<snipped>
    Acosmic
    hah! I ranted in the same way to my sister (I just can't believe all the red tape I'm running into trying to just get into nursing school) Her advice was to "just roll over and take it"
    It's not the coursework that frustrates me, just all of the petty details that you have to constantly keep on top of to graduate.
    Bethany
  9. by   SmilingBluEyes
    so often college programs are a HUGE money grab for the universities, so it behooves them to put up as many barriers and roadblocks to that degree as possible. It's disgusting, especially for returning students, to have to put up with it.
  10. by   cns48
    This is a good topic and I appreciate all opinions.

    I believe that there are great nurses who come from a variety of degree levels. But I think it is unfortunate that some nurses in the profession devalue education.

    Once again, I think it is great that nursing is a profession where you can enter at a variety of levels, but every nurse should aspire for higher education and more knowledge. Even the nurse who starts with a BSN should try to better him or herself.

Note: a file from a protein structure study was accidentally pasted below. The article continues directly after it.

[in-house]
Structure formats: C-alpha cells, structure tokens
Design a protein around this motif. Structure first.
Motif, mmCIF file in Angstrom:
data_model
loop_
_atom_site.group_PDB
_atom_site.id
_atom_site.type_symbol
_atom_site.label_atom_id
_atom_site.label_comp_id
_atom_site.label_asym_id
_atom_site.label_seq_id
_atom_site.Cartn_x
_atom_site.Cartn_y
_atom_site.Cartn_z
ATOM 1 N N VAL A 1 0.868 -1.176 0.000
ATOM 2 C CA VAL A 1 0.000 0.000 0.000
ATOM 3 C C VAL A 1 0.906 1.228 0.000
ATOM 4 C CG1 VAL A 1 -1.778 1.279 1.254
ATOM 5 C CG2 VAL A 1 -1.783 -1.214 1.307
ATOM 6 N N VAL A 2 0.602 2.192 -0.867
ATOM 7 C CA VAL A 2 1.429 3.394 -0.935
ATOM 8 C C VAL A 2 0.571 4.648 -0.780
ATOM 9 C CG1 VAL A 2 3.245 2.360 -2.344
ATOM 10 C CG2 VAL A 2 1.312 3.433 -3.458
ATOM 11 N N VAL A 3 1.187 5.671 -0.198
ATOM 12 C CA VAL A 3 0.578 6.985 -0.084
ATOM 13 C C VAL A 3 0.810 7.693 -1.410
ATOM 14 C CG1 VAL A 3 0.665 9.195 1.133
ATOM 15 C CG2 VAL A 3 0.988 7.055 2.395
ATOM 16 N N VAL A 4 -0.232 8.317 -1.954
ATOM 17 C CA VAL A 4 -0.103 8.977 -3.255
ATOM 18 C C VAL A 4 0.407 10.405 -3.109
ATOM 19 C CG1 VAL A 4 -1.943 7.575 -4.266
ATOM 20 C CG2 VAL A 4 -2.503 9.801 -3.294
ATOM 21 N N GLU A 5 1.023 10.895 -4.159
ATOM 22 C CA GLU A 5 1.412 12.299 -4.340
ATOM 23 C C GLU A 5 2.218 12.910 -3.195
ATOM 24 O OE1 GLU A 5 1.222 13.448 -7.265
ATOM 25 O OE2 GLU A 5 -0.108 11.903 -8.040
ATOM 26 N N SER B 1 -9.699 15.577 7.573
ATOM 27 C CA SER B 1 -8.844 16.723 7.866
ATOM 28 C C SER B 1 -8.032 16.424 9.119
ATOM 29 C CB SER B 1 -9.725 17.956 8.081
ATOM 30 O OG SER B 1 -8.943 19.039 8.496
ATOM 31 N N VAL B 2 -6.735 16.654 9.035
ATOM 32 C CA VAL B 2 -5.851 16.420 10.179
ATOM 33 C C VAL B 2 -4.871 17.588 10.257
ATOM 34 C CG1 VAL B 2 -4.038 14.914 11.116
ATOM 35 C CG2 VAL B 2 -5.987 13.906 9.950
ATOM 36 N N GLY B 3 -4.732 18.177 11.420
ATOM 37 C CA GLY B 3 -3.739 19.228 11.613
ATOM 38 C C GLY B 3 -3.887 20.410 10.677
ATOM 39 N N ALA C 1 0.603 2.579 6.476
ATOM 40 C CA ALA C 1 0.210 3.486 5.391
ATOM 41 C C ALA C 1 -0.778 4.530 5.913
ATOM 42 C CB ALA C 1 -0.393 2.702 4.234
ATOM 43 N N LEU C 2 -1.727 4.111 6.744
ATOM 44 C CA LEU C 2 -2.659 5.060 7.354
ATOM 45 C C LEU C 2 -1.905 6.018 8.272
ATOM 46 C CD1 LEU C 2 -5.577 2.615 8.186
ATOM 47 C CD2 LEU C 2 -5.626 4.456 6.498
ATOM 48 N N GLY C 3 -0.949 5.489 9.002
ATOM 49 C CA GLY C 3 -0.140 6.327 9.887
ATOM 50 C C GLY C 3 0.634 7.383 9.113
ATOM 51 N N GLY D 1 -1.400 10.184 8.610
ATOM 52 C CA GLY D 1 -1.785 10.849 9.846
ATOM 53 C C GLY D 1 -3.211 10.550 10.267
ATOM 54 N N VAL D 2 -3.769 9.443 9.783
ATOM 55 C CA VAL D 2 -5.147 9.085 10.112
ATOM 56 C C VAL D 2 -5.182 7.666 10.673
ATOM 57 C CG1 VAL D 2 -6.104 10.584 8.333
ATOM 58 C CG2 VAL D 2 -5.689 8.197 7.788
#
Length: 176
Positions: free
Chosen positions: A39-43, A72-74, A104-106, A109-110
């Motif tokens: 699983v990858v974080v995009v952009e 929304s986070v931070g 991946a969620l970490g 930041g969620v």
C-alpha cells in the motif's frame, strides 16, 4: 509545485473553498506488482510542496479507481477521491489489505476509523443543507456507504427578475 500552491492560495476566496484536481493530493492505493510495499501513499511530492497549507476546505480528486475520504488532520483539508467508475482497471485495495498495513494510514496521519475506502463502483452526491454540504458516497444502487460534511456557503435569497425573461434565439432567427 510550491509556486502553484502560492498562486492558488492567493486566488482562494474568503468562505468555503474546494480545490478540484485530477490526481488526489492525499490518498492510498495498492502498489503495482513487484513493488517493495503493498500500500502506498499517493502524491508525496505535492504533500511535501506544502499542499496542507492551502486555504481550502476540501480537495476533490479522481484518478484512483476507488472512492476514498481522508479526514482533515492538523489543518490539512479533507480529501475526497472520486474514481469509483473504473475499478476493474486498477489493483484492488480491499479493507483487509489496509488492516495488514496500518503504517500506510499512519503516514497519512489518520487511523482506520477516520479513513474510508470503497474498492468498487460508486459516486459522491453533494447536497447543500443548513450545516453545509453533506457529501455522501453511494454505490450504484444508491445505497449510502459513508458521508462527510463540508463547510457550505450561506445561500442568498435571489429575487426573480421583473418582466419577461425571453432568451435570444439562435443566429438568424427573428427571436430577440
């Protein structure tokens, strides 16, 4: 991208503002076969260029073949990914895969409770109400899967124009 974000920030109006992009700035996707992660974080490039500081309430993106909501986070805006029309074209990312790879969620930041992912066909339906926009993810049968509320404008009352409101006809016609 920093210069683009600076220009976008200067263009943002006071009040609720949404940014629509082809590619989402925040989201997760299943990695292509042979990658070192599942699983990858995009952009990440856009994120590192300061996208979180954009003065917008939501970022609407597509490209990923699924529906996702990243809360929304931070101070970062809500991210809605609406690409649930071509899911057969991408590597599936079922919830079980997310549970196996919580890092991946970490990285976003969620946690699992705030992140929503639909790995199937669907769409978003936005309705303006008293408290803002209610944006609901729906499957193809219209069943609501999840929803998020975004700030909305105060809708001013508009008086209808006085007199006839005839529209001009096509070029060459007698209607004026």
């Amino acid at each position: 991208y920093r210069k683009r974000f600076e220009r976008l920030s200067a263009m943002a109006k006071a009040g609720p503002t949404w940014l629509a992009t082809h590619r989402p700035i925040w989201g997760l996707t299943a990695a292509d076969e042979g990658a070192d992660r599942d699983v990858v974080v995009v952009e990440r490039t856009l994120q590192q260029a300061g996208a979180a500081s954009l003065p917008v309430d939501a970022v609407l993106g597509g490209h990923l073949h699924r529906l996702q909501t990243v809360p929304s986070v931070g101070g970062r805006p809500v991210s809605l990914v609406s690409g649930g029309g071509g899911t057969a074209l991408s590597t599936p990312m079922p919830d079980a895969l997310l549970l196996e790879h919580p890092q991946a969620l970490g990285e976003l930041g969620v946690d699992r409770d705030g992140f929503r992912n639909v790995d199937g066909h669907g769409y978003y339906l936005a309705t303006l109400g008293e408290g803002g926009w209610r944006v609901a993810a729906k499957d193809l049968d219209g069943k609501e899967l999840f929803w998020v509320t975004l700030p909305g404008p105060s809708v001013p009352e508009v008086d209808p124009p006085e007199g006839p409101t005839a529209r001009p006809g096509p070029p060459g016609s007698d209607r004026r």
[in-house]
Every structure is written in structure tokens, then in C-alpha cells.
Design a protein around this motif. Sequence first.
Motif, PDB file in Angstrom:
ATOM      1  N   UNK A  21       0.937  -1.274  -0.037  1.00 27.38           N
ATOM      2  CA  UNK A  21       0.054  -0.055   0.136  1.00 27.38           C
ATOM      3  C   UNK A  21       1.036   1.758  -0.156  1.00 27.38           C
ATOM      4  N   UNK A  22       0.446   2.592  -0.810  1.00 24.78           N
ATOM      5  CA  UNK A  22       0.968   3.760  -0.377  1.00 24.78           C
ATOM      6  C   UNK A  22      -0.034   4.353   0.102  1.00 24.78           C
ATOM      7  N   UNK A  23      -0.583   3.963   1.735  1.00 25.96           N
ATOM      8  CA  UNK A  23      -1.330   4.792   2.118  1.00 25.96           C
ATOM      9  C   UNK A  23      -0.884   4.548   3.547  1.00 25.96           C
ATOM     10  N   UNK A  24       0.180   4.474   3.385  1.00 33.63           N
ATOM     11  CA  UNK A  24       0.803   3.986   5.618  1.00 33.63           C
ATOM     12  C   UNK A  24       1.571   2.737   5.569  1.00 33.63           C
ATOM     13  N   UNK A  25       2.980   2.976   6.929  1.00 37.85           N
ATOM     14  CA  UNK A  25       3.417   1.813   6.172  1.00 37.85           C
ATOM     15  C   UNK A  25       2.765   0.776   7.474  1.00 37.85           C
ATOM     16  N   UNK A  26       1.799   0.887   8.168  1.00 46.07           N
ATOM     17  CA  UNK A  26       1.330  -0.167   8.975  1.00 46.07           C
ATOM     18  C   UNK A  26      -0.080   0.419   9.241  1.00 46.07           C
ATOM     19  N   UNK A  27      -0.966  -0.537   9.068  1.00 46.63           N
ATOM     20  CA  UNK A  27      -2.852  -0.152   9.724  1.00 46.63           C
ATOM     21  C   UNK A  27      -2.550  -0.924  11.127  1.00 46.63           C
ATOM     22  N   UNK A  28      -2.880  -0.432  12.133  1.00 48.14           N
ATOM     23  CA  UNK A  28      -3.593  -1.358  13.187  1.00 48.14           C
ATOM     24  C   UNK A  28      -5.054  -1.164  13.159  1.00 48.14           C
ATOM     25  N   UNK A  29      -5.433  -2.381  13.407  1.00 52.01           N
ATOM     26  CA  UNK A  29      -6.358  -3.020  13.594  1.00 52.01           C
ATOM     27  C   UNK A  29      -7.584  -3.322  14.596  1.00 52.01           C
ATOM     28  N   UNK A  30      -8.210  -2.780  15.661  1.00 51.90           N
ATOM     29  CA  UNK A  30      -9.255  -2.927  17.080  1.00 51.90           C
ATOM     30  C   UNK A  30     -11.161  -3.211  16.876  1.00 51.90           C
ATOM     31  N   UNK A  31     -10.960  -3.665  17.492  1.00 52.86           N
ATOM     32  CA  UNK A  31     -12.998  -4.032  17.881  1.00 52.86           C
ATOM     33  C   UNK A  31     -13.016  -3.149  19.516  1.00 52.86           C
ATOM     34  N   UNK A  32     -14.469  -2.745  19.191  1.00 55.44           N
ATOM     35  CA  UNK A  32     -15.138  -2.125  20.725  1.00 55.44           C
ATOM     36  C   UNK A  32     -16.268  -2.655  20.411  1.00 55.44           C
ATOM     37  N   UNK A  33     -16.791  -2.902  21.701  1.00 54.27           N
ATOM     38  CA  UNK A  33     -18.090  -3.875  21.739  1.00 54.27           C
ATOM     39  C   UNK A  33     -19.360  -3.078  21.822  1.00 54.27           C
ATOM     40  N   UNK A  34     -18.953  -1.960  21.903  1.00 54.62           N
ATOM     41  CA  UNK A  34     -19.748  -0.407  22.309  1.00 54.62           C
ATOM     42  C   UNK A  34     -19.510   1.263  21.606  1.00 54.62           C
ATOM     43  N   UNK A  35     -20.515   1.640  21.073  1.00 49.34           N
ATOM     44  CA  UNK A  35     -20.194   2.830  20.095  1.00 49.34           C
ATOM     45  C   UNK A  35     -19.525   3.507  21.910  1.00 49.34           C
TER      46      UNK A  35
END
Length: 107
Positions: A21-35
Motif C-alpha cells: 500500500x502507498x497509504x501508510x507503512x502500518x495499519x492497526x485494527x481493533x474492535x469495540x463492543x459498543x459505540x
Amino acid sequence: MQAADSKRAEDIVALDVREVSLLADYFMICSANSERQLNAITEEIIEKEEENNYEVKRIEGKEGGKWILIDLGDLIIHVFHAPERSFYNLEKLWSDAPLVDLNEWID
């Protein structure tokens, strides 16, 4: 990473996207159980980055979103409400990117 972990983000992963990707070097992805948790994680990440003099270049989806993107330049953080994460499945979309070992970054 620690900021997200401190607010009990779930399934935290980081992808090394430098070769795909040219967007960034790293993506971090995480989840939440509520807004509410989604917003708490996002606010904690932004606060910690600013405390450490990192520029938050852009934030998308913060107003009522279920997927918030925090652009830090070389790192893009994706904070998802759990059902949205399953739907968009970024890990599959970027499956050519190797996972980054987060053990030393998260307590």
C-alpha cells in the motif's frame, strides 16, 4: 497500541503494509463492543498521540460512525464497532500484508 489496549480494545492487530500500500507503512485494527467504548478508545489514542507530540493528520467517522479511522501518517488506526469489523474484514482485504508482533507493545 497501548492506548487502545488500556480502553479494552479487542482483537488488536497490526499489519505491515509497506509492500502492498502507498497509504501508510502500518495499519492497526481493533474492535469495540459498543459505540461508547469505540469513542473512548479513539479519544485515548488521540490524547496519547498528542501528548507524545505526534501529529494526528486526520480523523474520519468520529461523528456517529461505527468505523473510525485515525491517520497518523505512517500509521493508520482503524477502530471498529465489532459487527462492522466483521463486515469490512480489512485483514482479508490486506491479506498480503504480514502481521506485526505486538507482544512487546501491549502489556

As times change and healthcare advances, nurses must be current in their knowledge base. Experience is definitely important, but it does not substitute for education.

    Higher education doesn't necessary make you a better nurse, it gives you a wider knowledge base and a wider perspective to pull from. I wouldn't say that higher education is better, but it surely makes a difference (formal or informal education does). People in other professions do not debate whether education makes a difference, so why does nursing?

    I agree with the person who said being a good nurse is an individual thing. I also agree that continuing education is good as well. Everyone doesn't need a Master's degree or PhD. But at the same time, we must look at what nurses are required to do and think hard if the current educational system prepares them for it. Most people will tell you no!

    Also, I agree that nursing will continue to be at the bottom of health careers if education does not keep pace with other healthcare professionals. For example, physical therapist require a Master's Degree. Not trying to degrade anyone's profession, but they do not have to do nor know half of what nurses need to be able to do and know to be competent.

    So while it is great that nursing has a variety of entry points and this should not change, we must think about how advancing education once you enter the profession will not only empower us individually, but as a profession. Most of all it will empower and ultimately benefit patients.
  11. by   webbiedebbie